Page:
No-one could accuse the Nordic bloc as being industrially backward either. But let’s consider the really big league in world commerce. Surely their economies rely on a smart source of labour and that’s why they are faring so well. Once again, I’m confounded to find Germany, arguably the world’s most advanced economy, ranks at 20 on the PISA table. Japan, similarly industrialised, ranks 15th. Switzerland, land of lush meadows, skiing, banks and great wealth – where I think we all secretly want to live – ranks 28th on the PISA scale. Go figure! It features in 6th place on the happiness scale.
In my opinion Australia would be well advised to spend our time trying to implement policies to get us higher on the happiness league table than the educational one. That’s not to say that we rank lowly in either. What policies should we be implementing to improve this position? Sadly the Government seems to want to place the emphasis on education. While more could be spent, I’m not sure that just getting us better at maths and reading (when it’s boiled down that’s what PISA measures) will actually take us anywhere meaningful. Time and again we are reminded by those who have a clear eye to jobs of the future (who are these soothsayers?) that we need creativity and soft skills. Our hellbent focus on STEM is not likely to deliver without us taking a broader brush to our curriculum. I’ve heard for calls recently to narrow the curriculum when, as a non-educationalist (but an employer who gets these cookie-cut kids when they leave school or uni), I need the problem-solving, creativity, soft skills, diplomacy and high EQ. A narrow curriculum is not capable of delivering these requirements.
So it surprised me immensely when, within a few weeks of the PISA results being published, I learned that the Federal Department for the Arts was being folded into another large Department (Transport). While a precious few might find mathematical problem solving the highlight of their leisure time, they are far outweighed by those who enjoy a cultural experience like a concert, show, art gallery visit or trip to the cinema. It is the arts that distinguish us from being mere fodder for the production of goods. Even industrialists at the beginning of the industrial revolution got that. Case in point; Port Sunlight in the UK where the enlightened Lever family created a village where they housed all their workers from management to the shop floor. Guess what they put into their village? A library and art gallery. In fact the Lady Lever Art Gallery is an amazing small gallery with one of the best collection of Pre-Raphaelite paintings you could hope to see. Yup even the uneducated working class like their art!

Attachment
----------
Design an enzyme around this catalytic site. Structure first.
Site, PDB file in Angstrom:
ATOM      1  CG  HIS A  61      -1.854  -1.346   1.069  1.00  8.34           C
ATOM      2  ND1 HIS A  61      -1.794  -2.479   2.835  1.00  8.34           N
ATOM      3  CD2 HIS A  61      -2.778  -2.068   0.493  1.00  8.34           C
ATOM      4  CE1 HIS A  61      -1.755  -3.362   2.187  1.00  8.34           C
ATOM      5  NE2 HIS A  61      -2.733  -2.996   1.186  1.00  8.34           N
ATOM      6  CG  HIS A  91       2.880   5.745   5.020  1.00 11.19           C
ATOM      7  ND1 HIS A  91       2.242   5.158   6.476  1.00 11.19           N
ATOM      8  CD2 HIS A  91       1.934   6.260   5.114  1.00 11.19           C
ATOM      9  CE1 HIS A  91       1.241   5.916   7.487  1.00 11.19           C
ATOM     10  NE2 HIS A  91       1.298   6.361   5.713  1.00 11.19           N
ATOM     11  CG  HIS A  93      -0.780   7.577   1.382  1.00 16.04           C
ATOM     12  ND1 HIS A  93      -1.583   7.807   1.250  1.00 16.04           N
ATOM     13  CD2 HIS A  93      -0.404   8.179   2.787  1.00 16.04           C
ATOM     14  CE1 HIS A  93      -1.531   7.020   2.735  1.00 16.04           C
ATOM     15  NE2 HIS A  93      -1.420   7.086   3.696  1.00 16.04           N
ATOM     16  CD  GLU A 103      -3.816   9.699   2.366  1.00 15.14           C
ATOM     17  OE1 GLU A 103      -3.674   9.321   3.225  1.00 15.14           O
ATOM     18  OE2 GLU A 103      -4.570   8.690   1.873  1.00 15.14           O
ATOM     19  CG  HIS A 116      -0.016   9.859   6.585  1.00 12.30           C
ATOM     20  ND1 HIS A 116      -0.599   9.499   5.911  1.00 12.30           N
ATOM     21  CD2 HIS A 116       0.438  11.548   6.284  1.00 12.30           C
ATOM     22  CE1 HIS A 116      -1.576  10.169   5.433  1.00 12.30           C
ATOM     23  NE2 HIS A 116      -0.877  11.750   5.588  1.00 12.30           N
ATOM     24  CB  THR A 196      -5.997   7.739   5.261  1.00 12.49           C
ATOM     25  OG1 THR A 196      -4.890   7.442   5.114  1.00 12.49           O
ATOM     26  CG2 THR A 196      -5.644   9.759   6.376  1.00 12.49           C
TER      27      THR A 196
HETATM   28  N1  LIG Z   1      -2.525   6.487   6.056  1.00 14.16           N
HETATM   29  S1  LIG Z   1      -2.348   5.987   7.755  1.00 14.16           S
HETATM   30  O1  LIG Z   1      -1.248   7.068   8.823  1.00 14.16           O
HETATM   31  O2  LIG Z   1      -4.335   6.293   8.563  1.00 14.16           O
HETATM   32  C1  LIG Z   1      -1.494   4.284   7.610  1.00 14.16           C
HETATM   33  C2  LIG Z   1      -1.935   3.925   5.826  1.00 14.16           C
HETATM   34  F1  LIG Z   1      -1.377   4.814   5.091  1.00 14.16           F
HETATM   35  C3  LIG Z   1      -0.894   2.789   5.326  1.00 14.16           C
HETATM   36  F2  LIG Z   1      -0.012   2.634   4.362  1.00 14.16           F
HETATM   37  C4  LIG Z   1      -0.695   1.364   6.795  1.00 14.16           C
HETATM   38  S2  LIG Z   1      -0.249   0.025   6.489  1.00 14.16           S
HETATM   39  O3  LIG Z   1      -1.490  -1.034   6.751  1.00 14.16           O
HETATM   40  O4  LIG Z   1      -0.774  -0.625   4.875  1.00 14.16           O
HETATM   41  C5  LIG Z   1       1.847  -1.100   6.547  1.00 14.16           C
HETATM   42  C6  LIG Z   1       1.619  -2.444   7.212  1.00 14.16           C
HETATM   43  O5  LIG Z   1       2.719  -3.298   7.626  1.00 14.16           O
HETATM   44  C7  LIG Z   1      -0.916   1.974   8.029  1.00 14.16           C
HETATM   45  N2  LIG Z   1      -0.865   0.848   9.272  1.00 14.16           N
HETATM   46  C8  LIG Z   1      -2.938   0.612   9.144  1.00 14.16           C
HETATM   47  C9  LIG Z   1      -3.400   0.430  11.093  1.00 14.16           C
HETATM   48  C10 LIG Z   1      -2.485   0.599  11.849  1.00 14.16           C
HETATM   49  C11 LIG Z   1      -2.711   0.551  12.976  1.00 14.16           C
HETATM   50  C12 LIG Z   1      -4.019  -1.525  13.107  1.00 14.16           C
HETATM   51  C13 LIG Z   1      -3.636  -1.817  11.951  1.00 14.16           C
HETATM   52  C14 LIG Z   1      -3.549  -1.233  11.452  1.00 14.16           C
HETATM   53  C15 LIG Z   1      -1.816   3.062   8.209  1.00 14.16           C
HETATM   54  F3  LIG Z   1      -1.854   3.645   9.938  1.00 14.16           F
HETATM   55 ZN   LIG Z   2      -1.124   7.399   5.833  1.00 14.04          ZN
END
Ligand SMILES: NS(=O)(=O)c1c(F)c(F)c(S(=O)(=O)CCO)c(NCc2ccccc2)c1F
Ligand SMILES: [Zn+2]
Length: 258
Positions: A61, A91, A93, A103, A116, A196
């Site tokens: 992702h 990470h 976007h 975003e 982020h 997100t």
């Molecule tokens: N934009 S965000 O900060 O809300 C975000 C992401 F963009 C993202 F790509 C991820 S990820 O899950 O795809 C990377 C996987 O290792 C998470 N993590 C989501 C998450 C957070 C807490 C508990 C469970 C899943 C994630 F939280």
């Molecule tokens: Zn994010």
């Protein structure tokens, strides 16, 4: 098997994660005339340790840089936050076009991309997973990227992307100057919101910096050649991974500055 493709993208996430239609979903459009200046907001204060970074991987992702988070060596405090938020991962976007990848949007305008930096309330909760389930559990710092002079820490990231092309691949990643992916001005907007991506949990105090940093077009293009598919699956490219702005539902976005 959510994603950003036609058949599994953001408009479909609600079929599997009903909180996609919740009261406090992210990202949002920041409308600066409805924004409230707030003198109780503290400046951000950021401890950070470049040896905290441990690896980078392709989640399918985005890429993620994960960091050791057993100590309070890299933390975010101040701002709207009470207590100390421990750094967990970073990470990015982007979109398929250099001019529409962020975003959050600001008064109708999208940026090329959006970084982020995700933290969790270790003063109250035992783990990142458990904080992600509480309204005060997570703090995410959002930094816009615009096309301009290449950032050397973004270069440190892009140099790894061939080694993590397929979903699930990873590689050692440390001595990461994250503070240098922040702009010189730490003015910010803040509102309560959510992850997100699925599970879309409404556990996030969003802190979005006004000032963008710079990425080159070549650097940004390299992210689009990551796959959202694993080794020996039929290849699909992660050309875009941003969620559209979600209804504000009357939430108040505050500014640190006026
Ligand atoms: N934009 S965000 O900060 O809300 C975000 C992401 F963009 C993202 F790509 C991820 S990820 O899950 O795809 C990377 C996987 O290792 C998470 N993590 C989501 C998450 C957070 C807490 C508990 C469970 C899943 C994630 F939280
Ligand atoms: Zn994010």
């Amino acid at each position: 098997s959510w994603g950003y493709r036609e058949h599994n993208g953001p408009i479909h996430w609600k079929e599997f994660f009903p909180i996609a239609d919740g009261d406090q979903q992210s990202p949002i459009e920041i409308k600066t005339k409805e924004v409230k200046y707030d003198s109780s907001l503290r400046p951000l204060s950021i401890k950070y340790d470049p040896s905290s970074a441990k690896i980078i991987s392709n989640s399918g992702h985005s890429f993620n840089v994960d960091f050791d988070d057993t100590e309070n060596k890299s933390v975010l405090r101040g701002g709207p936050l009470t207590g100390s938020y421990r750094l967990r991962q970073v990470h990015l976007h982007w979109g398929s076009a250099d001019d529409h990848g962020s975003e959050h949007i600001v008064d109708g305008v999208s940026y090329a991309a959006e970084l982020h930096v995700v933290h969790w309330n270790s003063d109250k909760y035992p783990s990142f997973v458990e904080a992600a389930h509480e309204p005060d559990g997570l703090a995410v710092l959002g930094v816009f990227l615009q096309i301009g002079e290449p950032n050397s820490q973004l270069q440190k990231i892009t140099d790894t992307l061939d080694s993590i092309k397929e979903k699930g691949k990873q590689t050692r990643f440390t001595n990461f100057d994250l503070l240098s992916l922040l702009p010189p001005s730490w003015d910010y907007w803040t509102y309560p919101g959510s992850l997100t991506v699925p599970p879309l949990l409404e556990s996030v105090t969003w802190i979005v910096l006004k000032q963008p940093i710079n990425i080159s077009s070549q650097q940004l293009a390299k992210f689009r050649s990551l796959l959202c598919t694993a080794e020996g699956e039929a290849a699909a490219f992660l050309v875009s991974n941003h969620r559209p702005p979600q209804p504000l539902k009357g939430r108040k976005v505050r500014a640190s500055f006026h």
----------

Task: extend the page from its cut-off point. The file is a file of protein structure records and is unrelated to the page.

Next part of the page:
Australia’s economy relies quite heavily on tourism. In 2017 tourism contributed $49.7 bn to the GDP. Now I’d hazard a guess not tourists have come solely to visit our science museums! Many though will partake in our cultural offerings. The more culturally interested and literate we become the more likely we are to be happier. Along the way we might find also that our overall IQ increases too. It’s no surprise that those countries featuring high in the happiness scales have lashings of cultural offerings.
So where does this leave us? Let’s not beat ourselves up, go blaming teachers, funding levels, Gonski, lack of Gonski etc. Let’s focus instead on the metrics that are important to us. Hubris too often drives our thinking when we get ranked lower than we think we should. That’s wasted effort. Let’s spend our time and energy making us a happier place. If that means tweaking some aspects on the educational system by teaching more mindfulness etc. then so be it. Let’s leave league table obsession for the other great cultural aspect of Australian Society – sport. At least sport has its own Ministry that’s been left intact. Would it have been any other way?